General opinion on this social media ROI infographic seemed to be that the figures seemed astonishing, and it drew some fairly shaky conclusions. People who like a company on facebook may spend more on the products, but that isn't necessarily because of the facebook relationship. “Correlation does not equal causation.”

It mainly tells us that big companies are spending a LOT of money on social media promotion. “They're spending $55,110 per month on their twitter list?!  What do they do? Send gold plated tweets to each follower every day?”

Google +1 button

A useful blog post on the Google +1 button: what is it, and how will it affect your site?

Social  media policies and guidelines

More on social media strategy and social media guidelines.

Capturing data from downloaders

Should you let users download your publications freely, or get them to register with you first so you know more about them, can stay in touch, and solicit support and donations? How will this affect the reach of your information, particularly to developing countries?

Suggestions included:

  • Have a once-off registration, so users can download all material once they're in, rather than multiple forms.
  • Make sure your form explains clearly why you want the information, and how you will use it.
  • Try adding the sign up form to the thank you page, instead of making it mandatory before downloading. If they're interested, users may well want to stay in touch, and may sign up in a spirit of reciprocity.
  • Use GeoIP tools to display the form only to users in developed countries.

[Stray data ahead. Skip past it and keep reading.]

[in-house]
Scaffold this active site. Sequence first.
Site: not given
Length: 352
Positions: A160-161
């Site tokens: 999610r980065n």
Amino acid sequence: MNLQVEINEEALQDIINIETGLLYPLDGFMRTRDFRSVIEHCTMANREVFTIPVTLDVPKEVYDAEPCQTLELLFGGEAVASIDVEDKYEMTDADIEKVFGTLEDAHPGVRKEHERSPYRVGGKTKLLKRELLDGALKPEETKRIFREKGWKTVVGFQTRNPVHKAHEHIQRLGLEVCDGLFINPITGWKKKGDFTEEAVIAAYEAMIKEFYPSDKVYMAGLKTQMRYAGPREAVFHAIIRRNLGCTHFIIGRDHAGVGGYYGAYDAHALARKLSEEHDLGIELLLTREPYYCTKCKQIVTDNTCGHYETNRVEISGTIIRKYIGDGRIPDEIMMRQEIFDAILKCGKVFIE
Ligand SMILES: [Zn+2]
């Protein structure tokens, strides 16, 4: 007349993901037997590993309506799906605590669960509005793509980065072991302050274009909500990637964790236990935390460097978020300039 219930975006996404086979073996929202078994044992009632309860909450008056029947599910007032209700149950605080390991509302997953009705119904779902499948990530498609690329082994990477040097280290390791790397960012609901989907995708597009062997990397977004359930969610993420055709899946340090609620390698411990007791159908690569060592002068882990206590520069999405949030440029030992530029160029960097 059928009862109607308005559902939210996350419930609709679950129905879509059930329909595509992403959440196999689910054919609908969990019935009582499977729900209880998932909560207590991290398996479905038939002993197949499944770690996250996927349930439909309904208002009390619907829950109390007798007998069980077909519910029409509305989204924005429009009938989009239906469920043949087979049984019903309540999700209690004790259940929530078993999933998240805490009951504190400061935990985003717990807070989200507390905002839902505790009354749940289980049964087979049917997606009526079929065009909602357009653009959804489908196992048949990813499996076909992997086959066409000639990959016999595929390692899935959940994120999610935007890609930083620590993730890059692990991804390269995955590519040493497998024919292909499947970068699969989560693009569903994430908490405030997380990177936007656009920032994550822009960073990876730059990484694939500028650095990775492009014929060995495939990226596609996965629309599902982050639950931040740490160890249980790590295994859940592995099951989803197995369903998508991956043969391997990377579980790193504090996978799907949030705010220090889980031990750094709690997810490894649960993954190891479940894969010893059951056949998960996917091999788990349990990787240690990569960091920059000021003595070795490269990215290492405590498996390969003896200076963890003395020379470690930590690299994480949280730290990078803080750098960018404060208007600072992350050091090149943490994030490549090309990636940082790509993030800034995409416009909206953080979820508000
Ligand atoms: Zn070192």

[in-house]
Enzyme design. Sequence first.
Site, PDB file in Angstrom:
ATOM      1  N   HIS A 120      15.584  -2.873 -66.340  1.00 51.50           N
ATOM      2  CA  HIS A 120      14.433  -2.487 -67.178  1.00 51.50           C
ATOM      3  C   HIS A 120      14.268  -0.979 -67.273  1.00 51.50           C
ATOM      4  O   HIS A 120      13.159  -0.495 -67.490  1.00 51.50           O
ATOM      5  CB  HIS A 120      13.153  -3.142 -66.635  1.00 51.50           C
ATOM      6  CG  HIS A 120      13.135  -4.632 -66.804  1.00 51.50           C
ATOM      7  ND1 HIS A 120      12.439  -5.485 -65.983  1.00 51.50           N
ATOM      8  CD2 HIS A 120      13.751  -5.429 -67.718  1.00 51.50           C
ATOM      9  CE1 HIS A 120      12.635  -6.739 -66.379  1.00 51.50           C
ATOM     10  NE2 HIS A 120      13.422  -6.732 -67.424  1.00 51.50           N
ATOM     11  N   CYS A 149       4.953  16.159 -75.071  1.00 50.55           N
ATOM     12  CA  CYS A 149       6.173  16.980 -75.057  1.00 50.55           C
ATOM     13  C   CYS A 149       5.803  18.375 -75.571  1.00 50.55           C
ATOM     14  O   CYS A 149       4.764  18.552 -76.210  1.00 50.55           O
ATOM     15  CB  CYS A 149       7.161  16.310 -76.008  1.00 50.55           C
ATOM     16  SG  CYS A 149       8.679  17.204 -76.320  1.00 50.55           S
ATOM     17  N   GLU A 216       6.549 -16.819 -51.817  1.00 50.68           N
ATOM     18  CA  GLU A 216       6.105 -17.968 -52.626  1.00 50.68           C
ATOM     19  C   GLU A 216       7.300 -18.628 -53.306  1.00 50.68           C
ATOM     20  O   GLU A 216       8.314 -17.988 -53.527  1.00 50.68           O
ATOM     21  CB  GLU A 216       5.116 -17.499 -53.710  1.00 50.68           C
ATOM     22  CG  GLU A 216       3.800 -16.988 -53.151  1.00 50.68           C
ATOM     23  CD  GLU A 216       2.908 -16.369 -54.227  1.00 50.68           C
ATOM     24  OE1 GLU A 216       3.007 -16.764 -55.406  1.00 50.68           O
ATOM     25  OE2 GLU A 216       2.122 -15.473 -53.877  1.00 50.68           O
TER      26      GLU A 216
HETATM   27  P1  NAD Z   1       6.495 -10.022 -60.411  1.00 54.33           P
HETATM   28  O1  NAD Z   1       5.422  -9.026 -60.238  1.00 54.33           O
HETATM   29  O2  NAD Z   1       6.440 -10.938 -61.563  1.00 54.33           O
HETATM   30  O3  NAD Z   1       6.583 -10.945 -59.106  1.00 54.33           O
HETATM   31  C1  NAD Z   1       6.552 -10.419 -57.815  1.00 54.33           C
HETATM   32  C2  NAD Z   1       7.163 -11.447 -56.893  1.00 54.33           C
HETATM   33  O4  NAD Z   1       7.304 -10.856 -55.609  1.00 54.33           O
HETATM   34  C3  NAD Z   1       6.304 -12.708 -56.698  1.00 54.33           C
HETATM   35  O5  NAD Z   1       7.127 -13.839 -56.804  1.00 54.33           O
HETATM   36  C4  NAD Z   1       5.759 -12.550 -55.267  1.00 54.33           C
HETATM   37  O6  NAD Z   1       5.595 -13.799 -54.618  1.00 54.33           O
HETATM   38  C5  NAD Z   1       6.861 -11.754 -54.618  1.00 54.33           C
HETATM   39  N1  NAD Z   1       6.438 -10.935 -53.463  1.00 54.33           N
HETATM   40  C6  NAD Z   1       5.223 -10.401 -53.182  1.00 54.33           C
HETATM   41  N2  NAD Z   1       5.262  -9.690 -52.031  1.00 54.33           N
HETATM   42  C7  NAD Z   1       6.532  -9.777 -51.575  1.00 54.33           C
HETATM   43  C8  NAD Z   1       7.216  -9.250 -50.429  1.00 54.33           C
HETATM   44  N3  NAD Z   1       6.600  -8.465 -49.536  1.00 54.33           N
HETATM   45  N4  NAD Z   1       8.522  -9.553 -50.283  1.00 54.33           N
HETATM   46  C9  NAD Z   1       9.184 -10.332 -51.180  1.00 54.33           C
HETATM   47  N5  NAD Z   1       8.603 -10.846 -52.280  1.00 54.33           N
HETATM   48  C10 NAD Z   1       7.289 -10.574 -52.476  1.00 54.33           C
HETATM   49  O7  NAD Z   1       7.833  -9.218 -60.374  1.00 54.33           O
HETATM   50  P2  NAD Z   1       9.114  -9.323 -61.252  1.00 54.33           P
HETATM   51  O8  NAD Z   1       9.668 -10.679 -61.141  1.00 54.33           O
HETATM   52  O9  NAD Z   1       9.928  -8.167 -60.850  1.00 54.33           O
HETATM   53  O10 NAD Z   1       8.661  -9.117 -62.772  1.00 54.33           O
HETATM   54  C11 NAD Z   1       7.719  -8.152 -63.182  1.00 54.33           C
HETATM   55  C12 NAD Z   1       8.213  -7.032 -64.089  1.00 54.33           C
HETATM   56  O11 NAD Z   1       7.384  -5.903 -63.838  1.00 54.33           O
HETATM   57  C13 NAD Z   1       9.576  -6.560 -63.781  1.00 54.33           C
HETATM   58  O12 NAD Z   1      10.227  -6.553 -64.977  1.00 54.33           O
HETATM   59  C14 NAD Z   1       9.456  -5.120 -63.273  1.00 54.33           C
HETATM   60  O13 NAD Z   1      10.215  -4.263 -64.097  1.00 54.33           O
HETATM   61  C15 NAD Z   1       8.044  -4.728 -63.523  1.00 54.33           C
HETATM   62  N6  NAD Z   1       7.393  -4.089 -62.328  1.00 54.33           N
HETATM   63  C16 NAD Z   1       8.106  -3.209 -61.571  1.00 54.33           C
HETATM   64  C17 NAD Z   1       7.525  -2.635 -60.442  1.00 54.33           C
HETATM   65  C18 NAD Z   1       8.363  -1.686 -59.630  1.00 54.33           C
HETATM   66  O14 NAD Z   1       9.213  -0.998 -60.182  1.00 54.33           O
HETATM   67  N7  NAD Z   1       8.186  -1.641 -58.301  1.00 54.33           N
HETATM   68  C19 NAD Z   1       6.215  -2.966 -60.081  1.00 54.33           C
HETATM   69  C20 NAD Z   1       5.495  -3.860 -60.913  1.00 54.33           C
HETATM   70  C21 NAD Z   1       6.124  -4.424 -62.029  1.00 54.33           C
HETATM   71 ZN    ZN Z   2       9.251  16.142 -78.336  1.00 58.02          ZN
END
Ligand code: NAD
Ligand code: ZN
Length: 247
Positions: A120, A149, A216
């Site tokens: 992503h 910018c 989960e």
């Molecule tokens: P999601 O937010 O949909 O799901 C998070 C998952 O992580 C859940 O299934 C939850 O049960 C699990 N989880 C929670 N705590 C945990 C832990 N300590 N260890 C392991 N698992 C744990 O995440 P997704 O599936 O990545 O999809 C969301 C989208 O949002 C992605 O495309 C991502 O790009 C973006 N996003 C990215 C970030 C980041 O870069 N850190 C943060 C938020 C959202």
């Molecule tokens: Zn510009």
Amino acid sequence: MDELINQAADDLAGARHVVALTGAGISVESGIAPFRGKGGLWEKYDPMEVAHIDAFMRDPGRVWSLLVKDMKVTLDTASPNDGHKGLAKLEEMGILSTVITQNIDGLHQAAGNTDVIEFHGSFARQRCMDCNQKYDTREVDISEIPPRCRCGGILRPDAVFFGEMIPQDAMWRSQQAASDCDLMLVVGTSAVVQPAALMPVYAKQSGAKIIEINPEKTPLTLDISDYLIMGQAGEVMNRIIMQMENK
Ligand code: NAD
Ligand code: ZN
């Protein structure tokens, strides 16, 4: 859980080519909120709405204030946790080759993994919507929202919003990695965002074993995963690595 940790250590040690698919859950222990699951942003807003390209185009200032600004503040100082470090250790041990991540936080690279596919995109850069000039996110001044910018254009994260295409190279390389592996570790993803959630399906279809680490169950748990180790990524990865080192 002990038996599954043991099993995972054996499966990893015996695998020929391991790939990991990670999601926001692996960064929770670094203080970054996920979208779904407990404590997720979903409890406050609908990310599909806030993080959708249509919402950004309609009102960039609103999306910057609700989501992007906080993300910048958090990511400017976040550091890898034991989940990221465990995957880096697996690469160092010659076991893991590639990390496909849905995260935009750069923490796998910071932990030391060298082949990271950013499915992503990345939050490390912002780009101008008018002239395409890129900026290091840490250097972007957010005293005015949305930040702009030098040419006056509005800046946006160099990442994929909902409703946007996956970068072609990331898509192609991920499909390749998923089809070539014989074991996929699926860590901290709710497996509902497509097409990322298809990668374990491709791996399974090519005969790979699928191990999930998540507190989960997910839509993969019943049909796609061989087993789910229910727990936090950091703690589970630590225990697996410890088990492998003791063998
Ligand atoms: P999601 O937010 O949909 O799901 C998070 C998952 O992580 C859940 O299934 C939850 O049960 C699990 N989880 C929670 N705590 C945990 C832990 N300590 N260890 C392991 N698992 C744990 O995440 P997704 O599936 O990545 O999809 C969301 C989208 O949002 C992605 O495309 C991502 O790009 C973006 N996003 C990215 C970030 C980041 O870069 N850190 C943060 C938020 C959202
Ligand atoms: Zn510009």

• Examine your analytics data as deeply as you can to start with.
  • Use a short-term Google Website Optimiser test to test the impact on downloads of introducing such a form.

Getting access to TV footage

Lots of suggestions about how to capture some recent news coverage of a charity's work to show supporters, most crucially. 'Contact the newsdesk – they will normally provide footage for nothing if you're a charity.' And a salutory reminder that in the UK, you're not allowed to publish such material under copyright law unless it is for the purpose of commentary or criticism, and you can only post the relevant bits (I paraphrase: IANAL etc).

Basically, you're fairly unlikely to be pursued, but don't post it to a key organisational YouTube account unless you want to risk getting closed down at an inconvenient moment when someone chooses to complain about you. (See all the UK anti-cuts facebook accounts conveniently shut down for violations of terms of service just before the Royal Wedding.)

Making use of RSS feeds